THE PATERNOSTER CHOP HOUSE
“In London’s restaurants you can find virtually every cuisine in the world.” This statement appears so often and in so many places nowadays that it has taken on the grubby patina of a tired old cliché. Even if it is true, it is of no interest to me. Variety means nothing: quality means everything. Still, my most recent sighting of these words did prompt me to start thinking about where I should go, in my capital city, to eat the one variety of food which is remarkable for its absence from most restaurant menus. Where, in other words, could I find good British food? I thought and thought, and then the answer came to me. I booked a table at The Paternoster Chop House.
I decided to dine early, for I am a fan of choral evensong and my destination was but a hop, skip and a jump from the portico of St Paul’s Cathedral. It would therefore be Evening Prayer at five and dinner at six. As the canticles wafted up into the dome and the teenage tourist in the canon’s stall next to mine whispered and fidgeted, my mind wandered to the meal in prospect. I knew that the chef, Peter Weeden (pictured), had a reputation for seeking out not only old British recipes, but also small suppliers of top-quality ingredients. The idea of suckling pig from Lancashire and fish brought daily from the ports on the South Coast pleased me. Byrd’s Miserere dipped and soared, and soon I was out into chill air and striding across Paternoster Square.
This square used to be one of the vilest manifestations of the architectural brutalism of the 1960s. ‘Hideous’ would have been far too kind a word for it. Now it has been rebuilt in the style we call post-modern. It is easy on the eye and has a certain knowing elegance. Stand in the square and look back to the cathedral and you will have one of the great sights of London: Wren’s masterpiece, partially obscured, soaring confidently towards Heaven. Indeed, you need not stand, for The Paternoster Chop House has some outside tables, at which you can sit, eat, drink and gaze the evening away.
I decided, however, that it was too cold for alfresco dining. I went in through the glass doors and found myself in the space designed by Sir Terence Conran. Here were banquettes of red and brown leather, bentwood chairs, grey slate, modern paintings, spotlights and waiters in aprons. The bar to the right was crowded with folk (mostly gentlemen) relaxing after work. At the far end of the room, in the open kitchen, the cooks were busy with their grills and spit roasts. I decided upon a corner table, lowered myself onto the banquette and felt that a good meal was in prospect.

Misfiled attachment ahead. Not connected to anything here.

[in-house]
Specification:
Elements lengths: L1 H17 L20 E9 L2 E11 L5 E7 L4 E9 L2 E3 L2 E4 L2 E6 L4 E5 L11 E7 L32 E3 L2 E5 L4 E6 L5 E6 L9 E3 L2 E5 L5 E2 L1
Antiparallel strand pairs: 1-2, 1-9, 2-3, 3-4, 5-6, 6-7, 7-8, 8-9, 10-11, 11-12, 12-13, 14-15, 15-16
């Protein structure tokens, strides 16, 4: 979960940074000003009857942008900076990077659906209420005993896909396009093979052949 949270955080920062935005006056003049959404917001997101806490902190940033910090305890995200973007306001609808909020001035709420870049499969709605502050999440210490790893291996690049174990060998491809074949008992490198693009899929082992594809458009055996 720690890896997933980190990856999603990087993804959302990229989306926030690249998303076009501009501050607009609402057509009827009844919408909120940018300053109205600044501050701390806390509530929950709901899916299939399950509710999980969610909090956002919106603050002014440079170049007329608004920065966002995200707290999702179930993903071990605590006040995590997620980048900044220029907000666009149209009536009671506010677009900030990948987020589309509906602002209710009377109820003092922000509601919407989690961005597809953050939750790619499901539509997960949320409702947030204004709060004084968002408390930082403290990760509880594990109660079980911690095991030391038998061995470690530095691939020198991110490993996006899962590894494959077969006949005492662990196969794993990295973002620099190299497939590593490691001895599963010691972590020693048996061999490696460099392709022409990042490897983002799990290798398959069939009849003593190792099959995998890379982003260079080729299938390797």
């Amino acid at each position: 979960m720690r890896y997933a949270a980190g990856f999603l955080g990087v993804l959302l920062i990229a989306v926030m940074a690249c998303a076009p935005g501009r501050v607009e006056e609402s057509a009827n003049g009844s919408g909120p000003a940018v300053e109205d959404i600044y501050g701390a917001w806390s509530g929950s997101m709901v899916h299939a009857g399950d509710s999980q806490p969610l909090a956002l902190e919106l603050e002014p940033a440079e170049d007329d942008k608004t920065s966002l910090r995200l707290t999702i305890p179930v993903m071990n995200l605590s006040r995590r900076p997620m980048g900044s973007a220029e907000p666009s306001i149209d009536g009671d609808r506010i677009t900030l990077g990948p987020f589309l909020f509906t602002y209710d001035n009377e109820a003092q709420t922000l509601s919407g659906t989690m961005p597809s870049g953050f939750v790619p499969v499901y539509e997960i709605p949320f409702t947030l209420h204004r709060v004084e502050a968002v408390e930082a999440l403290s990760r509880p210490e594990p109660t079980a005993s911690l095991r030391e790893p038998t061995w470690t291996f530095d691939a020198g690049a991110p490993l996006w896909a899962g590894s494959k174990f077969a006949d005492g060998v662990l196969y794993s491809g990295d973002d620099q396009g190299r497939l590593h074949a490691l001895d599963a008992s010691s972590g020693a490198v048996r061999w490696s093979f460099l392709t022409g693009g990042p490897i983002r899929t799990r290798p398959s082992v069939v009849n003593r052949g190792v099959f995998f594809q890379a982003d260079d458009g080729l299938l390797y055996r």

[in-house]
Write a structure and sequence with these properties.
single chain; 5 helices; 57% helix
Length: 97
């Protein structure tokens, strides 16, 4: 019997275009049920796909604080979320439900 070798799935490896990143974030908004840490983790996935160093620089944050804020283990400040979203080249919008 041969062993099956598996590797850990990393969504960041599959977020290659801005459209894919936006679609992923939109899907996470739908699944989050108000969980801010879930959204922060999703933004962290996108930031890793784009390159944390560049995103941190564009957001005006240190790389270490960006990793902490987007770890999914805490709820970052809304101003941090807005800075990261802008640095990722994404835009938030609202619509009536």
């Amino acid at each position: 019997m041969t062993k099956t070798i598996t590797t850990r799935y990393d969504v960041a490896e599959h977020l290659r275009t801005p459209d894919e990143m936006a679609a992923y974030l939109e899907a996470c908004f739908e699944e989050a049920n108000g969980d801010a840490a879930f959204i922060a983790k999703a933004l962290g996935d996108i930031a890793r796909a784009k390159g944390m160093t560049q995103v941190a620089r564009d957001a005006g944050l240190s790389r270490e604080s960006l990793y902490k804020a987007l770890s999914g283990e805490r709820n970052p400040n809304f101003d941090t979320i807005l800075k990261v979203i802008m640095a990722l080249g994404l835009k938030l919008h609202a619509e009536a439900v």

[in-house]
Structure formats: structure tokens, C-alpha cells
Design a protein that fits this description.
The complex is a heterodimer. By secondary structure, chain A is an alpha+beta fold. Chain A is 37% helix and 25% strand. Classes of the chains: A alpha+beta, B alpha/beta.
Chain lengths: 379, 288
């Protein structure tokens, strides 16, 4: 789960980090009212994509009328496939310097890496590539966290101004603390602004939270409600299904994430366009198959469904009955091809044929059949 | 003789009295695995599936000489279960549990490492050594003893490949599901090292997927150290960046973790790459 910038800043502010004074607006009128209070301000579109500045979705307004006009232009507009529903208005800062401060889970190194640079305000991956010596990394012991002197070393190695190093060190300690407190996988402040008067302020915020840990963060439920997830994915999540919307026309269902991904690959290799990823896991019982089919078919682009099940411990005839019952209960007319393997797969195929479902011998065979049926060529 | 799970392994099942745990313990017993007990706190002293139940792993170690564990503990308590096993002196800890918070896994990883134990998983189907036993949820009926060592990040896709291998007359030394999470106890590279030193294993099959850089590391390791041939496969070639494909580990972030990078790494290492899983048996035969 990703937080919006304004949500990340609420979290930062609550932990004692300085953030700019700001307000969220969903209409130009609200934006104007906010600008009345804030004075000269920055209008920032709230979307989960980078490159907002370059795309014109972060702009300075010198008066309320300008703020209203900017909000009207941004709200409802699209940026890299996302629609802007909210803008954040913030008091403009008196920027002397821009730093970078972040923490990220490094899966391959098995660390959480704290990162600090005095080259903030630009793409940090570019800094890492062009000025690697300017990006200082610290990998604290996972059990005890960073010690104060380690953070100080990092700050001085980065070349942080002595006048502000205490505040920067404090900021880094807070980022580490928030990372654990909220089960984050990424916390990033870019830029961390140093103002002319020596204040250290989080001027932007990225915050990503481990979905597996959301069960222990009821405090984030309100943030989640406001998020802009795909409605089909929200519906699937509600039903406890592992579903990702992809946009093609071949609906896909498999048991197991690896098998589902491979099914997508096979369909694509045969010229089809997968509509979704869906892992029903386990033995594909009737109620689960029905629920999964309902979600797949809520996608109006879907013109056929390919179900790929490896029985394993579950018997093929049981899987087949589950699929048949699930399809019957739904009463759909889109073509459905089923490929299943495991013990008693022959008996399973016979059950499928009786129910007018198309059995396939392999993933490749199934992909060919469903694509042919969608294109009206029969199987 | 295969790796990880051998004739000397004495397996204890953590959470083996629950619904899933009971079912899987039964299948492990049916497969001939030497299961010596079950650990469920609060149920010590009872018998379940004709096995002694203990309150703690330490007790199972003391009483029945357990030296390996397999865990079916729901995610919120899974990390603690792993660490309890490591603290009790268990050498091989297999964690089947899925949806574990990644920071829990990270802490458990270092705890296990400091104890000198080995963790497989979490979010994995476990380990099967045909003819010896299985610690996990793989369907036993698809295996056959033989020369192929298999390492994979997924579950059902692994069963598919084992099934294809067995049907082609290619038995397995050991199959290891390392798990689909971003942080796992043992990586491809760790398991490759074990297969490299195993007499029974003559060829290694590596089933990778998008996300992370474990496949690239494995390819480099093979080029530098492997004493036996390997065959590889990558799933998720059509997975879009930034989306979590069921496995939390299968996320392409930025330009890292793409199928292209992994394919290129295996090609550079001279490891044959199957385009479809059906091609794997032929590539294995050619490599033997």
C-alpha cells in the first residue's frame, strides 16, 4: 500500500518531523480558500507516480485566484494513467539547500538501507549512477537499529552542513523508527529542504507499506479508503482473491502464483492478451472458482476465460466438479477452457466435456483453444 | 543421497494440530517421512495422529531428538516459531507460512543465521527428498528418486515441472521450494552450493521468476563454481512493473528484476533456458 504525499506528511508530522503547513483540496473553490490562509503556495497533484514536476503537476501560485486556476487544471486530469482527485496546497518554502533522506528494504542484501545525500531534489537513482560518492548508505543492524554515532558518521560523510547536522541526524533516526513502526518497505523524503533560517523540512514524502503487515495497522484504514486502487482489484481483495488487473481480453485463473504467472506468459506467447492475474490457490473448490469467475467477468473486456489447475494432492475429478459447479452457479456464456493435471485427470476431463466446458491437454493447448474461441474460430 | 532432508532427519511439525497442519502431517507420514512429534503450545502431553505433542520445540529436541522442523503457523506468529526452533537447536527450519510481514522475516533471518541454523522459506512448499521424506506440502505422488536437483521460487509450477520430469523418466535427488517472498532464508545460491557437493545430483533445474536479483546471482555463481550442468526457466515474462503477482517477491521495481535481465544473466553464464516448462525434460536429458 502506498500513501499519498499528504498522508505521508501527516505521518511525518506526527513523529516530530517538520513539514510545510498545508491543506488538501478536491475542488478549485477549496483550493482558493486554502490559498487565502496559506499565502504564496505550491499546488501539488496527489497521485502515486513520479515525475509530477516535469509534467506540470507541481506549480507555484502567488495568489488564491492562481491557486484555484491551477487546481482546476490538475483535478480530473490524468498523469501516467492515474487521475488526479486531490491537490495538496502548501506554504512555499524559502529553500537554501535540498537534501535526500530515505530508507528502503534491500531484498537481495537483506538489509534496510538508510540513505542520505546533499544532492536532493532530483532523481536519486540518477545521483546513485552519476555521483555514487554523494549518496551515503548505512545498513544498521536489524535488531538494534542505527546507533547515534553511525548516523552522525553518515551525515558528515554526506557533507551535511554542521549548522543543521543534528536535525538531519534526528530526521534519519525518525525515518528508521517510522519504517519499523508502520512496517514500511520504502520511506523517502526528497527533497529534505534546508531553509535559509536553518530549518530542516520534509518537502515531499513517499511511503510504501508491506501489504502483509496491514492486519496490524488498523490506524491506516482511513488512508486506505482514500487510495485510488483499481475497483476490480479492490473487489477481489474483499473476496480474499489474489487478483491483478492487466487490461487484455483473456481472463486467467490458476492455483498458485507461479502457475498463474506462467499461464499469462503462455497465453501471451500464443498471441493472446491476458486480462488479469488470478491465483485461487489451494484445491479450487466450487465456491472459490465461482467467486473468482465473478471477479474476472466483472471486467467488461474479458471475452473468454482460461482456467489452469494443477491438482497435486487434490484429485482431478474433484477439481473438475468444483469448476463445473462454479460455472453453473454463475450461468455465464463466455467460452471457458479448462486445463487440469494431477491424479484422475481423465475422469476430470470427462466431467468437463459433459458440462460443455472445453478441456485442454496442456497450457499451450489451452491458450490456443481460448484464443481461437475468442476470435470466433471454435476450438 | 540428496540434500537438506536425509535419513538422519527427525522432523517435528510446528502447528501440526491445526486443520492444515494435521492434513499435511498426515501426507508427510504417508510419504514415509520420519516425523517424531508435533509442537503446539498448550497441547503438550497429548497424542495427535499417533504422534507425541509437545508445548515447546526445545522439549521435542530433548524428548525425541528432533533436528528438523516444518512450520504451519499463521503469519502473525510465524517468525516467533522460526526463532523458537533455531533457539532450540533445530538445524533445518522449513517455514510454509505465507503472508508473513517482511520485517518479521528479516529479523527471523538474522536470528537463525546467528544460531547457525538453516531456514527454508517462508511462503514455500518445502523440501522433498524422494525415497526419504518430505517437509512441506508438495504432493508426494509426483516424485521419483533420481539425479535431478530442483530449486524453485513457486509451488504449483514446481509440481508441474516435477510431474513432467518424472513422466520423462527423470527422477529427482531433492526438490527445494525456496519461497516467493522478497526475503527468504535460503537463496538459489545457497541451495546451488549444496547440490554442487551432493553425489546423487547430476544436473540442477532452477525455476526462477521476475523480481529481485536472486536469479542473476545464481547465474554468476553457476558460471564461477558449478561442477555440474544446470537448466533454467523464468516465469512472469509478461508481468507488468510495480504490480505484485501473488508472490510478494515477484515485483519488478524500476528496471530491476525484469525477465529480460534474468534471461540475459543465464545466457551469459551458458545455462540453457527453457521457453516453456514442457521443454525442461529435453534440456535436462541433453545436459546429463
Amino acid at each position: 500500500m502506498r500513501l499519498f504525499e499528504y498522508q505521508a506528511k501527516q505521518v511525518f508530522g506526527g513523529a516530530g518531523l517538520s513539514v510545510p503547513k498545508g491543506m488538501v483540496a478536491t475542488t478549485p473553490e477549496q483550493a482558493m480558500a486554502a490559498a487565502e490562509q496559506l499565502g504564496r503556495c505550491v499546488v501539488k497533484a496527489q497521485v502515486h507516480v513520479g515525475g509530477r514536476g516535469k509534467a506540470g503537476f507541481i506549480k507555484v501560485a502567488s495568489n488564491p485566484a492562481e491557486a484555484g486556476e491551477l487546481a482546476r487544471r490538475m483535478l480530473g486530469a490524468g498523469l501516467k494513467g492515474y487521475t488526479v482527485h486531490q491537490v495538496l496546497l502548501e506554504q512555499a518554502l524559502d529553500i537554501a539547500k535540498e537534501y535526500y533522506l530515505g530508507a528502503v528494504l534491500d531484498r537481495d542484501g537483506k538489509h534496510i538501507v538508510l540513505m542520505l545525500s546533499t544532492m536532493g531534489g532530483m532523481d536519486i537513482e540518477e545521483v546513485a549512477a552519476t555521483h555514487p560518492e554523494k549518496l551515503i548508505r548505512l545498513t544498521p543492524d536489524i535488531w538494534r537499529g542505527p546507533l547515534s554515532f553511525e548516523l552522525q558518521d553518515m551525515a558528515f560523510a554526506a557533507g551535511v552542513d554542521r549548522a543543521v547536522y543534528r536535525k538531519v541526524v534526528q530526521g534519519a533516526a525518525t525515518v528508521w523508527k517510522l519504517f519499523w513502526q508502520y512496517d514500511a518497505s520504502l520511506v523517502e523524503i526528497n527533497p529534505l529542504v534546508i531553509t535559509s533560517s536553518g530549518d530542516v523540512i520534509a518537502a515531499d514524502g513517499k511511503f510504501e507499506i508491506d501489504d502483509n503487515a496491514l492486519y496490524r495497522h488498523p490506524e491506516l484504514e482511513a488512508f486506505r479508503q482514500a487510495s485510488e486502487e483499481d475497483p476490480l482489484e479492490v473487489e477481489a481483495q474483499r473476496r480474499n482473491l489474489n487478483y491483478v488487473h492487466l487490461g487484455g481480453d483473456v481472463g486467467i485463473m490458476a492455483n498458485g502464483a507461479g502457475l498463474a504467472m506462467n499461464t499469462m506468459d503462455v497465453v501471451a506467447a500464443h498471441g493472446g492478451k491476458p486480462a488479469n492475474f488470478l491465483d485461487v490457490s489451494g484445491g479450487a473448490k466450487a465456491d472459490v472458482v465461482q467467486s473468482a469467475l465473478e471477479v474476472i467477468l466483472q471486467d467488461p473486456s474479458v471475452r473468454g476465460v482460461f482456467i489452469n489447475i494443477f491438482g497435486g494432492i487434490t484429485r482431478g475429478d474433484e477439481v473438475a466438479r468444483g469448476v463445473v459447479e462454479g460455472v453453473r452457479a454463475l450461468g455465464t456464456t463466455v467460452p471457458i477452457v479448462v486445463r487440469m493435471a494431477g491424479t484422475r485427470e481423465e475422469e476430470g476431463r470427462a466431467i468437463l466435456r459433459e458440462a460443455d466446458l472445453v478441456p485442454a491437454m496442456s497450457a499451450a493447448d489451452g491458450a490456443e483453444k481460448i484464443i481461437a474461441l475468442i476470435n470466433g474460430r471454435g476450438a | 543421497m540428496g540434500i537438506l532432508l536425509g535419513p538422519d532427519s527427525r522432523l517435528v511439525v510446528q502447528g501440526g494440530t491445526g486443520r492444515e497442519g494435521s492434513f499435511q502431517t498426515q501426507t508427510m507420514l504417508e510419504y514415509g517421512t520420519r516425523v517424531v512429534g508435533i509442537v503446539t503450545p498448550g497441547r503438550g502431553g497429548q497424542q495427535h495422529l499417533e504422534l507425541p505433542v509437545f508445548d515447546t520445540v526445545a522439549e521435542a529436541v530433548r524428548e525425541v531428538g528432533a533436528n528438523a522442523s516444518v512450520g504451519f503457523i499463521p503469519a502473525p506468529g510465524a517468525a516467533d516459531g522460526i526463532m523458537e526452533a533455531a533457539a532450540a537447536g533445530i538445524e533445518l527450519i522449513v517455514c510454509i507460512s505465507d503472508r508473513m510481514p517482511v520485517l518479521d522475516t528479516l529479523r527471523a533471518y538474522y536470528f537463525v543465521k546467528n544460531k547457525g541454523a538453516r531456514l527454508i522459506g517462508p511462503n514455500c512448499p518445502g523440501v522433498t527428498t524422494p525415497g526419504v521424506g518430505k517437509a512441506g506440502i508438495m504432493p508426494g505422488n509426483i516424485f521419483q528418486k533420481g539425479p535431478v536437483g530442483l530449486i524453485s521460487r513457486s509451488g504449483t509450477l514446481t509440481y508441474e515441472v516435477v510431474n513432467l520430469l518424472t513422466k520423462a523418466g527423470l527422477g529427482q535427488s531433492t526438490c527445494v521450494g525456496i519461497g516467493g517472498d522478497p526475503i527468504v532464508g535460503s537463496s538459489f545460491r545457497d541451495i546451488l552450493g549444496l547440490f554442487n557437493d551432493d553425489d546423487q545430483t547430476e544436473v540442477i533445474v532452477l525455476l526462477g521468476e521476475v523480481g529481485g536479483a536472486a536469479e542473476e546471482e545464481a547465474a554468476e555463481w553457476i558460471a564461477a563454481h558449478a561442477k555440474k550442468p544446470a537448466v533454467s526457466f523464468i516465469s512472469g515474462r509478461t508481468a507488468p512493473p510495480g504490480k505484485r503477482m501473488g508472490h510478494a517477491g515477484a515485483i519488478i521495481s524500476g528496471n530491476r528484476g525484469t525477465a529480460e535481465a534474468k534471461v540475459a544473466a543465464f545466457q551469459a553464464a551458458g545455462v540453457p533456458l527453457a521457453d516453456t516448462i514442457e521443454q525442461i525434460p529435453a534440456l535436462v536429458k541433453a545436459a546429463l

Soon William McKechnie was standing before me. Mr McKechnie is the Assistant Restaurant Manager and is full of smiling enthusiasm. His careful efficiency meant that the service I received throughout the evening was of the highest order. He persuaded me to begin with a glass of sparkling – and remarkably creamy – chardonnay from Sussex (Nyetimber, 1996). I began to appreciate that they take their commitment to Britain seriously here.
The card before me had the temptations I wanted from a British menu – shellfish, soups, pies, roasts and crumbles. My opening Bradan Orach smoked salmon with pennywort salad was impressive, the fish firm of texture and full of taste. Good, robust flavours also marked the Sutton Hoo chicken liver paste with wild cranberries, although it was a pity the accompanying toast was cold. My main course – called ‘the beast of the day’ – was certainly the highlight of the meal. Mr McKechnie, at my request, kindly arranged for these veal chops to be taken off the bone. (It is one of my mild peculiarities that I cannot tolerate anything inedible on my plate.) This was meat of the highest quality, brought from Scotland and butchered on the premises. Served with the finest chips in Christendom (crisp outside, fluffy inside, with a scattering of sea salt) and with a ‘hand foraged’ leaf salad, this was an expertly conceived and executed dish. I tucked into it with the enthusiasm of a good trencherman. I finished with a rhubarb crumble pie with rhubarb ice cream. (£46.50 for these four courses.)
Wine can be had from most parts of the world, including, as I have noted, the British Isles. Prices start at £18 for a Sicilian chardonnay and go up to £325 for the 1985 Mouton Rothschild. Many of the 200 offerings are in the £30 to £50 price range. Bottles which caught my eye included 1995 Krug champagne (£210), 1992 Grange from Australia (£250), 2001 Tignanello from Italy (£85) and the 1983 vintage of that always reliable claret, Cos d’Estournel (£120). I decided to go to Burgundy for both my white and my red and was delighted with the results. My 2004 Puligny Montrachet was wonderfully elegant, with harmonious notes of sherbet and toast (Paul Pernot - £67.50), and my 1999 Gevrey Chambertin was soft and accessible, with plenty of red fruit and just a tiny hint of the farmyard (Louis Jadot - £65).
I left the restaurant in good heart. I looked up at St Paul’s and paused to consider why I had enjoyed my evening at The Paternoster Chop House so much. Good British food, fine French wine, comfortable surroundings and friendly service. For what more can one ask, in dear old London town?
THE PATERNOSTER CHOP HOUSE
Warwick Court, Paternoster Square, London EC4N 7DX, England.
Telephone +44 (0)207 029 9400
Fax +44 (0)207 029 9409
Closed: Sunday dinner, Saturday